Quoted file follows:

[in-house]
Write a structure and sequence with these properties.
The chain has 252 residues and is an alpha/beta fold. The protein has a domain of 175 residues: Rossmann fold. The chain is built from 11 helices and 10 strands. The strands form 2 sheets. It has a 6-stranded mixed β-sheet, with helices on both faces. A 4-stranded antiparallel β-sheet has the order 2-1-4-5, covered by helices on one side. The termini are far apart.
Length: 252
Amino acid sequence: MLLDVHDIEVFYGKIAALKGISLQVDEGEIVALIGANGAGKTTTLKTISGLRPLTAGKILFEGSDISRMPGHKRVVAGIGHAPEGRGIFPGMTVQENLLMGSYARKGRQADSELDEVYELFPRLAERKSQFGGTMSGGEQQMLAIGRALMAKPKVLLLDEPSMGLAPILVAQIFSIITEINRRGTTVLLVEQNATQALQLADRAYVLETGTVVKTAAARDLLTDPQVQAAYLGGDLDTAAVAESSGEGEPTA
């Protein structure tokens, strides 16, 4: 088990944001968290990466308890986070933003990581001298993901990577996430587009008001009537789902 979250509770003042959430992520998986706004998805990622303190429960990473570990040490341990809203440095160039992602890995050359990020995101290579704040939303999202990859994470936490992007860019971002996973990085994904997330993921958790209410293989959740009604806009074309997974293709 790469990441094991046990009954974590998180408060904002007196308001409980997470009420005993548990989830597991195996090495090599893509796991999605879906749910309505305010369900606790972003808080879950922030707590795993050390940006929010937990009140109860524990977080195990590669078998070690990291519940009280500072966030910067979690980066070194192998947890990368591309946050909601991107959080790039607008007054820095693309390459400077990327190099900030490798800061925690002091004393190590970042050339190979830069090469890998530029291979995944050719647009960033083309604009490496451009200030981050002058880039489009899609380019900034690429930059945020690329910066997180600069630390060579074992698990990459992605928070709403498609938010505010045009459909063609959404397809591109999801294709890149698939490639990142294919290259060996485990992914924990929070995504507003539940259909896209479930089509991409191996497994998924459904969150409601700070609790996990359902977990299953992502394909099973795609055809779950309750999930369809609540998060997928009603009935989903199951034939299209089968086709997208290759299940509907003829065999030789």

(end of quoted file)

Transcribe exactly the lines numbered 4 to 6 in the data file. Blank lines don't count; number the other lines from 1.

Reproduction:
Length: 252
Amino acid sequence: MLLDVHDIEVFYGKIAALKGISLQVDEGEIVALIGANGAGKTTTLKTISGLRPLTAGKILFEGSDISRMPGHKRVVAGIGHAPEGRGIFPGMTVQENLLMGSYARKGRQADSELDEVYELFPRLAERKSQFGGTMSGGEQQMLAIGRALMAKPKVLLLDEPSMGLAPILVAQIFSIITEINRRGTTVLLVEQNATQALQLADRAYVLETGTVVKTAAARDLLTDPQVQAAYLGGDLDTAAVAESSGEGEPTA
């Protein structure tokens, strides 16, 4: 088990944001968290990466308890986070933003990581001298993901990577996430587009008001009537789902 979250509770003042959430992520998986706004998805990622303190429960990473570990040490341990809203440095160039992602890995050359990020995101290579704040939303999202990859994470936490992007860019971002996973990085994904997330993921958790209410293989959740009604806009074309997974293709 790469990441094991046990009954974590998180408060904002007196308001409980997470009420005993548990989830597991195996090495090599893509796991999605879906749910309505305010369900606790972003808080879950922030707590795993050390940006929010937990009140109860524990977080195990590669078998070690990291519940009280500072966030910067979690980066070194192998947890990368591309946050909601991107959080790039607008007054820095693309390459400077990327190099900030490798800061925690002091004393190590970042050339190979830069090469890998530029291979995944050719647009960033083309604009490496451009200030981050002058880039489009899609380019900034690429930059945020690329910066997180600069630390060579074992698990990459992605928070709403498609938010505010045009459909063609959404397809591109999801294709890149698939490639990142294919290259060996485990992914924990929070995504507003539940259909896209479930089509991409191996497994998924459904969150409601700070609790996990359902977990299953992502394909099973795609055809779950309750999930369809609540998060997928009603009935989903199951034939299209089968086709997208290759299940509907003829065999030789």